“A good pedigree almost always gets you a meeting…”Institutional seed investor
While I took this as a relatively benign statement when he said it to me, the underlying implication about what drives our opinions and behaviors shouldn’t be overlooked.
What he was essentially saying is that where a person studied or worked is a predictor of future success. It’s not the only predictor, of course, but one that is given a lot of weight – not just by him, but all hiring managers. Why else would you take a meeting solely on the basis of a resume?
The question is…why? Why does it matter so much? After all, pedigree is rarely a reflection of an individual’s personal contribution to the success of that company. The reason it matters to us is that we trust and respect the company they worked for or school they attended.
It’s essentially nothing more than a positive affirmation – trust by association.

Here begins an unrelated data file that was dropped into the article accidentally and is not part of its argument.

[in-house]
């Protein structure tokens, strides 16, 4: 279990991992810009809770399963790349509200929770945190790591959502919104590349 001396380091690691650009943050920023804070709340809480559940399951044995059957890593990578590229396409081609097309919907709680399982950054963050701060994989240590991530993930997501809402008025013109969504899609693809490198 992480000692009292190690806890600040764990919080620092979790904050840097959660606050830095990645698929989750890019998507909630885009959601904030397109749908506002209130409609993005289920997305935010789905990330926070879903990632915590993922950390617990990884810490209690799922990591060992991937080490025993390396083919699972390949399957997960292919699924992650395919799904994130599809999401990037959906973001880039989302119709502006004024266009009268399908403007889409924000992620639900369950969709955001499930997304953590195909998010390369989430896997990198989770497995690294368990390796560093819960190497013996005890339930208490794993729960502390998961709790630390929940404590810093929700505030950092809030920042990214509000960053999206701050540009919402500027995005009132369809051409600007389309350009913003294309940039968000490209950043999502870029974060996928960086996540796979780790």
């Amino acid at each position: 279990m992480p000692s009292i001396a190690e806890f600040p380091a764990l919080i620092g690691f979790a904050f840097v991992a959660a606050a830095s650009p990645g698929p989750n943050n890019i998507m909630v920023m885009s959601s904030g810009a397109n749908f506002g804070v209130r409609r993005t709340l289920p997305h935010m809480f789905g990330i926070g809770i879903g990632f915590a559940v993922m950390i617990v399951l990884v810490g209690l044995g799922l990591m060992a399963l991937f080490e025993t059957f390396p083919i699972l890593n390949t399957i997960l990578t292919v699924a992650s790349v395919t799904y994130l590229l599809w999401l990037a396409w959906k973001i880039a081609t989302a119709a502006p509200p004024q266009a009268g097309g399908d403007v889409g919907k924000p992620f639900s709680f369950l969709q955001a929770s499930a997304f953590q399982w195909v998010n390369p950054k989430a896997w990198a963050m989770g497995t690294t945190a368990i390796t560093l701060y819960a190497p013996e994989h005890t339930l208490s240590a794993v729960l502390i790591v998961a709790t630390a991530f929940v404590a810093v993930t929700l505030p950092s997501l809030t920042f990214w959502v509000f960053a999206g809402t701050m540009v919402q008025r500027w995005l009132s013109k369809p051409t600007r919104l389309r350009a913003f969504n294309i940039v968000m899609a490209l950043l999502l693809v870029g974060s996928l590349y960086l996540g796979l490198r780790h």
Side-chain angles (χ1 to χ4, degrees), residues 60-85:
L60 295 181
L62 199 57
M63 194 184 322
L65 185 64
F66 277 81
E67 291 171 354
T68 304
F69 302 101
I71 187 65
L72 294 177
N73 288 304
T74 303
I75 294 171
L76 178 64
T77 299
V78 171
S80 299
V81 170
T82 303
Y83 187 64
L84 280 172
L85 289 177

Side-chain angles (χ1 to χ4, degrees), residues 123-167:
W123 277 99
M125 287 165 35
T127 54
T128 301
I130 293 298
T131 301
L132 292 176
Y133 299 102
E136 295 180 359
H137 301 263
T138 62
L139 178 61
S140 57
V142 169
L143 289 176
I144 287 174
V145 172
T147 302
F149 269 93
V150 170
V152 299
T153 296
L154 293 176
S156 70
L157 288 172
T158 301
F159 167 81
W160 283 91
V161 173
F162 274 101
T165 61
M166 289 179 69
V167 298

Six years ago when we introduced Brand Strategy to clients, we literally got laughed out of rooms (“we are a private equity fund looking for a couple of dozen investors, not a consumer products company. Why in the world do we need a brand?”).
But consider what brand actually is. Despite what some may think, brand is not your colors or logo. Those are merely a reflection of your brand. Brand refers to what’s in your DNA; your values. Brand goes to the expectations that people have when interacting with you.
In other words, your brand is your reputation.
So, the questions to ask yourself are:
1) Am I better off walking into a room of people that already know what my firm and I stand for and what they should expect when doing business with me?
2) Who is best positioned to shape those expectations for them – me or the market?
These are obviously meant to be rhetorical. People that are willing to invest the time and effort will eventually figure out who you are (or at least, their version of who you are) whether it matters to you or not.
Brand matters, because in an industry built on trust and relationships why would you ever want to leave something as important as your reputation to chance?